GOVERNANCE

Voter bribery has crippled devolution in Northeastern

In Summary

• Devolution in Northeastern counties is designed to address decades of political marginalisation and underdevelopment.

• This has, however, been undermined by voter bribery, dominant sub-clan money power, corruption, tribalism and nepotism.

“Leadership is a privilege to better the lives of others. It is not an opportunity to satisfy personal greed,” Former President Mwai Kibaki said. 

For decades, Kenyans have coveted and clamoured for a new system of governance out of dissatisfaction with the central government.

Many disliked the ethno-regional marginalisation, and failure to involve them in governance.

Devolution in Northeastern counties is designed to address decades of political marginalisation and underdevelopment. This has, however, been undermined by voter bribery, dominant sub-clan money power, corruption, tribalism and nepotism.

Many voters in the region are illiterate and poor. Those who call themselves “educated” use the poor to ascend to power and easily manipulate them through the tribal card every five years. 

Many of these voters programmed to be overzealous by ethnic conjured songs and are barely reasoning on issued or the candidates’ manifesto, if any.

Money is a key tool in politics, not because it’s needed for the campaign but for buying loyalty and offering kickbacks to fans and supporters.

Voters in the region need to realise that old ideas won’t offer any transformative and development agenda.  Politicians compete over who has more cars. Voters play hide and seek game with all candidates, welcoming every politician with songs and salutation.

Some of the governors have become small ‘gods’ in the new political dispensation. They have no interest of the voters at heart: They are selfish and self-centered politicians. All of sudden, they are stinking rich, building mansions, and driving guzzlers, and wives accorded public vehicles, bodyguards, and drivers — all on the shoulders of the taxpayers.

We cannot live in a country where the looters of yesteryears assume they have undergone a Pauline conversion because they are in opposition and oppose the government of the day
PLO Lumumba

These three counties of Madera, Garissa and Wajir got close to Sh150 billion according to the Commission of Revenue Authority's records. But corruption is rife.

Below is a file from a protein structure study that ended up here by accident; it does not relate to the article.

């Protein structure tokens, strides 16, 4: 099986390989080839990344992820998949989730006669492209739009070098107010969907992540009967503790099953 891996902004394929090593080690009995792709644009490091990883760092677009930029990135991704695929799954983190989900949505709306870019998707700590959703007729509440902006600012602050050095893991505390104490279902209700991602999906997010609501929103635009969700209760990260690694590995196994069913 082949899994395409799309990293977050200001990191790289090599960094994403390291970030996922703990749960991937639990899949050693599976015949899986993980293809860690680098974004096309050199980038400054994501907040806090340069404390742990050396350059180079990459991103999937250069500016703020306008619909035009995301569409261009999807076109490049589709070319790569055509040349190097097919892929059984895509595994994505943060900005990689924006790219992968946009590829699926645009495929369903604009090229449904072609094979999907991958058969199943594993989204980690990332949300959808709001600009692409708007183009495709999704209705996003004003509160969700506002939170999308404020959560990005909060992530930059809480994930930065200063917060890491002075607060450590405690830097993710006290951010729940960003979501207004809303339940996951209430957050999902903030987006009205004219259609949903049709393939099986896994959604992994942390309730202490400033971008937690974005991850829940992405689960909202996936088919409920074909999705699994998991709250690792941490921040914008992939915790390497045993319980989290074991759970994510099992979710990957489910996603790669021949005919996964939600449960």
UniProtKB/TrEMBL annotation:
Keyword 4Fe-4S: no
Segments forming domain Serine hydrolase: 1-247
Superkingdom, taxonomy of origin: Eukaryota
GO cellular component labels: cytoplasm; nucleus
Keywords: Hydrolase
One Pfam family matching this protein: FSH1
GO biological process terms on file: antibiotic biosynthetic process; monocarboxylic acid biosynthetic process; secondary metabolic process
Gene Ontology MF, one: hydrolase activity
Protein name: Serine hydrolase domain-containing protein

Procurement, finance and other sensitive and lucrative departments are given to loyalists and immediate family members, an avenue to loot and embezzle county coffers.  

Stalled projects, huge pending bills and shear zeal of determining project on how much they make and not the needs by constituents have characterised project planning. These in return have led to huge unemployment, poor economy, impunity and patronage in the counties. Billions can’t be accounted for and the inability by the county governments to pay local suppliers has had a multiplier effect on the local economy.

“Our country must morally re-arm. We cannot run a country where virtue is vice and vice is a virtue. We cannot live in a country where the looters of yesteryears assume they have undergone a Pauline conversion because they are in opposition and oppose the government of the day. Some of our richest men and women are to be found in politics and their creed is, thou shall reap what thou hath not sown.” PLO Lumumba once said. 

County assemblies that represent the people are accused of being in ‘bed’ with the executive for selfish interest. They turned to be contractors, busy building mansions and buying cars for the first time after getting contracts from the executive through proxies. Assembly of deals, they are accused.

As voter and resident of the north, I look forward in the day voters will get rid of the kind of tired and retired ideas that have over the years strangulated our political energies and entirely paralysed any forward political movement that would have inspired people’s voice.

Let’s adhere to the principles of devolution, and give powers of self-governance to the people and enhance their participation. We must recognise the rights of communities to manage their own affairs and resource allocation.

Abdullahi Alas is Journalist and policy analyst based in Mandera county

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